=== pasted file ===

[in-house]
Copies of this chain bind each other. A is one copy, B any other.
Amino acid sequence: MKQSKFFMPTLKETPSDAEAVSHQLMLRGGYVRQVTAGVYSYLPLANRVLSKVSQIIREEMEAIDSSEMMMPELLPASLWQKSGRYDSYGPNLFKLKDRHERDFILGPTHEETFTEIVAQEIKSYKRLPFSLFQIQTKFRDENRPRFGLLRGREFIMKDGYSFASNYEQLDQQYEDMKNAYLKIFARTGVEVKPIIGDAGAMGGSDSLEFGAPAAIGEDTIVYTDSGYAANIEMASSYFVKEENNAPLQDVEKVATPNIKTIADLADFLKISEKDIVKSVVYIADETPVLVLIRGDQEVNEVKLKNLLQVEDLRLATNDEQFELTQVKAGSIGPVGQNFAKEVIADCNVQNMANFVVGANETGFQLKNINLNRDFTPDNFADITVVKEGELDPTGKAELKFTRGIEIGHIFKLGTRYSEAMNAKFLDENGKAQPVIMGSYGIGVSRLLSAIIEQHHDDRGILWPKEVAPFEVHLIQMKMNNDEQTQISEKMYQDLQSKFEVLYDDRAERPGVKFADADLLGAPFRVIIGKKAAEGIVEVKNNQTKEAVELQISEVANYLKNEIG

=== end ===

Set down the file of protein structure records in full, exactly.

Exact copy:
[in-house]
Copies of this chain bind each other. A is one copy, B any other.
Amino acid sequence: MKQSKFFMPTLKETPSDAEAVSHQLMLRGGYVRQVTAGVYSYLPLANRVLSKVSQIIREEMEAIDSSEMMMPELLPASLWQKSGRYDSYGPNLFKLKDRHERDFILGPTHEETFTEIVAQEIKSYKRLPFSLFQIQTKFRDENRPRFGLLRGREFIMKDGYSFASNYEQLDQQYEDMKNAYLKIFARTGVEVKPIIGDAGAMGGSDSLEFGAPAAIGEDTIVYTDSGYAANIEMASSYFVKEENNAPLQDVEKVATPNIKTIADLADFLKISEKDIVKSVVYIADETPVLVLIRGDQEVNEVKLKNLLQVEDLRLATNDEQFELTQVKAGSIGPVGQNFAKEVIADCNVQNMANFVVGANETGFQLKNINLNRDFTPDNFADITVVKEGELDPTGKAELKFTRGIEIGHIFKLGTRYSEAMNAKFLDENGKAQPVIMGSYGIGVSRLLSAIIEQHHDDRGILWPKEVAPFEVHLIQMKMNNDEQTQISEKMYQDLQSKFEVLYDDRAERPGVKFADADLLGAPFRVIIGKKAAEGIVEVKNNQTKEAVELQISEVANYLKNEIG